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Media Availability with Secretary Cohen and the Minister of Defense of Kuwait

Presenter: Secretary of Defense William S. Cohen
June 02, 1999

Media Availability with Secretary of Defense William S. Cohen and Minister of Defense Shaykh Salim al-Sabah al-Salim Al Sabah, of the State of Kuwait

Secretary Cohen: Good morning. Shaykh Salim and I have just completed a very productive meeting. We reviewed our strong military-to-military relationship. The United States, of course, is committed to protecting Kuwait, and Kuwait is committed to supporting our troops, while strengthening its own defenses.

We are working together to contain Saddam Hussein from attacking his neighbors and from using his air force to attack his own people. Every day, United States and British pilots are patrolling the no-fly zones over Iraq. The Iraqi forces continue to threaten our planes, and we respond forcefully and swiftly by striking Iraqi air defenses.

We will continue to insist that Iraq comply with the U.N. Security Council resolutions that prohibit Saddam from continuing his weapons of mass destruction program, and require him to give a full accounting of Kuwaiti POW's and MIA's. And we will continue to work with the Iraqi people to create a government that will bring peace and prosperity to Iraq.

I'd like to commend Shaykh Salim for two far-sighted actions by Kuwait. First, Kuwait is helping the Kosovar Albanian refugees with food, shelter and medical supplies. And, second, I am pleased by the Emir's decision to grant full political rights to Kuwaiti women. They're going to be able to vote and to run for Parliament in the near future. And we look forward to that with some enthusiasm.

I would add one other note, that I have visited Kuwait on many occasions. And during the course of those occasions, Shaykh Salim has personally driven me in his automobile from the airport to our meetings. Apparently, there may have been a special request from his ministry not to have me reciprocate in kind at this time, but I want to say what warm hospitality I have received when arriving in Kuwait, the personal hospitality and generosity that he has shown to me and our entire delegation during our visits. I thank him very much for his personal friendship and for his leadership in strengthening the military-to-military ties.

Shaykh Salim: Thank you very much, Mr. Secretary. Good morning, ladies and gentlemen. I'd like to say that you may also come any time to Kuwait. This time you will come on a state visit, where you will have the same treatment as I received here. I will not drive you this time; I will have a driver to drive you home. You and your wife will be most welcome on a state visit to Kuwait. I will extend that to you later on in a written invitation.

Secondly, it is true that we are cooperating and working together closely with the Ministry of Defense here, shoulder to shoulder, our soldiers together. And we are learning a lot from them, from the American soldiers, and the American soldiers, as well, are learning from us. We'd like to say that we are fighting together now, shoulder to shoulder, and we will continue to work in that respect for many years to come.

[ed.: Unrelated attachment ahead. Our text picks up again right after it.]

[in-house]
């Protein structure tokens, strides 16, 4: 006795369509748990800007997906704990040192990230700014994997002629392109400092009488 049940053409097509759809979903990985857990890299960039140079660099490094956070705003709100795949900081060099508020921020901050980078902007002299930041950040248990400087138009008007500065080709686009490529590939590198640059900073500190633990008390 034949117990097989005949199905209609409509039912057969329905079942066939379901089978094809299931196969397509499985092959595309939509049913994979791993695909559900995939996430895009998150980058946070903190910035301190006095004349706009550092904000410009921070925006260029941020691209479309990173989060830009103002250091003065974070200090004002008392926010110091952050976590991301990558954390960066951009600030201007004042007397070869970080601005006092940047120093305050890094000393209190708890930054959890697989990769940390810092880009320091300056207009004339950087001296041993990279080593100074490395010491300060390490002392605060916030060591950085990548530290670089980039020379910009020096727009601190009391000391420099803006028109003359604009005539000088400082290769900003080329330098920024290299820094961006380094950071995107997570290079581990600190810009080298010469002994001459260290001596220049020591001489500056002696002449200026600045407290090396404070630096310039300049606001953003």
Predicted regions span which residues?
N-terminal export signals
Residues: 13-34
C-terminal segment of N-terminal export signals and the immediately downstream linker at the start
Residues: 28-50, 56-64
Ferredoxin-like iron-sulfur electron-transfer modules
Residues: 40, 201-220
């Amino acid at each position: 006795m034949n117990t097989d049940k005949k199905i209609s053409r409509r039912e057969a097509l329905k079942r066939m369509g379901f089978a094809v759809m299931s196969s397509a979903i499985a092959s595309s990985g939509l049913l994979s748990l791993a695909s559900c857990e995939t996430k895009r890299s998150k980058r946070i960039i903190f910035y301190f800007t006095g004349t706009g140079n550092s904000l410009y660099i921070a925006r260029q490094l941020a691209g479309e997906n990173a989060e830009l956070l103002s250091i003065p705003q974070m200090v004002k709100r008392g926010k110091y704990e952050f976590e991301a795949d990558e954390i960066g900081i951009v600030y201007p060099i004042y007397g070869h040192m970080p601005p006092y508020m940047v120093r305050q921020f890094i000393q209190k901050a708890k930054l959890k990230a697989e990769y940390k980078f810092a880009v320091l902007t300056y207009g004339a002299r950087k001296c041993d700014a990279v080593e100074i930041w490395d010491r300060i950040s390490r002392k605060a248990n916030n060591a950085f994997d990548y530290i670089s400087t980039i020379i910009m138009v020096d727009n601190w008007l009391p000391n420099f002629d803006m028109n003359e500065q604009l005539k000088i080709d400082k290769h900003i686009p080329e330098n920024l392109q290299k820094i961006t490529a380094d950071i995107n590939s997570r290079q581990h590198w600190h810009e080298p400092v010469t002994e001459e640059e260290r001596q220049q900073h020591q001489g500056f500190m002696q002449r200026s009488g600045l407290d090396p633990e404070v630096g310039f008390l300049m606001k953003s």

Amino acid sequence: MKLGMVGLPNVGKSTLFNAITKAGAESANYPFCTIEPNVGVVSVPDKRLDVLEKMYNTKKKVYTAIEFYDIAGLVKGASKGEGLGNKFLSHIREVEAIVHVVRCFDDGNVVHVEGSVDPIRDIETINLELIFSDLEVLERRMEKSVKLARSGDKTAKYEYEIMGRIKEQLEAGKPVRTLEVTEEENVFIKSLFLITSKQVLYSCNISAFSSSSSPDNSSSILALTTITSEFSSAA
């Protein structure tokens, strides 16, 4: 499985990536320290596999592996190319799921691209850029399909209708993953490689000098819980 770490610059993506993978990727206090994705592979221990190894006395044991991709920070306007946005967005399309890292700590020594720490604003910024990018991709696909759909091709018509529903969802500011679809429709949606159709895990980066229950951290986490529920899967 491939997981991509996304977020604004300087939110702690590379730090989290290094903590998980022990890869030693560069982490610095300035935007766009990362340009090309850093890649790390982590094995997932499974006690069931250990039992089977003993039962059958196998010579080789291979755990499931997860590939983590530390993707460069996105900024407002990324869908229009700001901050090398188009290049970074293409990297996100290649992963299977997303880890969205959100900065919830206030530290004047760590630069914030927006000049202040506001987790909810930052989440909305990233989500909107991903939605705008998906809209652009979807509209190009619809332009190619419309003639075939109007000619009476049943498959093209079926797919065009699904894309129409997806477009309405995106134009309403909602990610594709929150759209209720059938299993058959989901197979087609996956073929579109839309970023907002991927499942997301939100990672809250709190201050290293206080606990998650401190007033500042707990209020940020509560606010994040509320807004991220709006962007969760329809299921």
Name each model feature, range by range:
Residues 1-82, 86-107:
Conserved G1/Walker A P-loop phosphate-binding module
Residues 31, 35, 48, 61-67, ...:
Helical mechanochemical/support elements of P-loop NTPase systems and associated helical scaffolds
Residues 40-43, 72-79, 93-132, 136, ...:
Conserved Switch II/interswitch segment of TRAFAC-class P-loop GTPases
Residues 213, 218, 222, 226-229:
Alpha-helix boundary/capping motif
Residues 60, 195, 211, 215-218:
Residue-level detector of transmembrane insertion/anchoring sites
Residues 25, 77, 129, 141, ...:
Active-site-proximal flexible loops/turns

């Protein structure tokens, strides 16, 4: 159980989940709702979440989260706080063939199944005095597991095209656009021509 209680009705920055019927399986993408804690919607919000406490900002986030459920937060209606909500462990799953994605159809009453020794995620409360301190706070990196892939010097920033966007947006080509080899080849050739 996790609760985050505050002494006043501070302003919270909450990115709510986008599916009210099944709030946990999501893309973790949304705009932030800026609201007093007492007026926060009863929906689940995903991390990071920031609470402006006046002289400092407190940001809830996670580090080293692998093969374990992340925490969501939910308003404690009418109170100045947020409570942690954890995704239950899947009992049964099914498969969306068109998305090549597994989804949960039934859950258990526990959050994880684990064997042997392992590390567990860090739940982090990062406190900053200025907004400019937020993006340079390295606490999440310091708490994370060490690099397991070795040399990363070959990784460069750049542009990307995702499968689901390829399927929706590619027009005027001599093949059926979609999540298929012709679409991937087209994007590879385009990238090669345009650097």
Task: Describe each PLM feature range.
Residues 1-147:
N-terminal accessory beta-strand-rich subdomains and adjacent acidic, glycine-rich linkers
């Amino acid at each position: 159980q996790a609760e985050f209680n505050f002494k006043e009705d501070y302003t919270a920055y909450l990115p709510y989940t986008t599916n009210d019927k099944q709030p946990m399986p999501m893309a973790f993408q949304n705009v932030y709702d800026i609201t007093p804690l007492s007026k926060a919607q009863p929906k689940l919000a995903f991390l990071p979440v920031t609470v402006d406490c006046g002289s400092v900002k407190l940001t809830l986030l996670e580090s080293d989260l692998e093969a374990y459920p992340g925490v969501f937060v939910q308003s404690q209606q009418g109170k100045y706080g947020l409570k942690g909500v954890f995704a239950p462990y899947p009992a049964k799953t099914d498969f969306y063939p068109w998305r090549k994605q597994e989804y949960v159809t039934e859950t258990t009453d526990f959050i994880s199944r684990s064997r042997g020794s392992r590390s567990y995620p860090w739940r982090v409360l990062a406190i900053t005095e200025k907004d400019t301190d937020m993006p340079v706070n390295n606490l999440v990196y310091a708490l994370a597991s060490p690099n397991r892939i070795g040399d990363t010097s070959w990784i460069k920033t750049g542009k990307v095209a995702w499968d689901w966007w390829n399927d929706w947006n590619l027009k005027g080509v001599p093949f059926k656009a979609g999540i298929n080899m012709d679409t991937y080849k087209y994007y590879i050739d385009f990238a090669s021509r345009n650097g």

That's all. Thank you very much.

Q: Mr. Secretary, might I ask, the Joint Chiefs of Staff are going to the White House tomorrow to meet with the President. Is it true, as reported in the New York Times, that they will discuss a contingency for a possible multiple invasion of Kosovo if that becomes necessary? And despite your assurances that the air war is working, and will work, is the United States, the administration, and this building working on a possible contingency plan, invasion plans, given the time here, with winter coming on?

Secretary Cohen: First of all, this meeting tomorrow is part of the periodic meetings that the President has with members of the Joint Chiefs. And so you should not read anything more into the fact that the President meets on a periodic basis with his top military advisors.

Secondly, I would expect the full range of issues to be discussed tomorrow. General Ryan, for example, I think will give a presentation of the success of the air campaign to date, the goals that we have had, the successes that we have had, in carrying out a major air campaign with extraordinary professionalism and precision on the part of the pilots. And I would expect the full range to be discussed at that time.

Let me say that there are -- the only plans that we have would be for the enhanced KFOR, the more robust peacekeeping mission that the NAC has recommended, and the numbers that would go, from the 28,000 originally discussed, up to approximately 50,000, to go in, and be prepared to go in as soon as there is a peace agreement. That is the only planning that has been done through the NATO process.

And so I'm sure that there will be a full range of discussions, questions about whether or not there would be any kind of a ground option for a non-permissive environment. But as we have indicated on many occasions before, there is a consensus for a strong air operation in the NATO countries. There is not a consensus for a ground operation in a non-permissive environment. So we intend to focus on the positive.

Q: But given the time constraints, the possibility of fighting in winter, you're not preparing any contingency that might put a force much larger than K4 for a forced entry?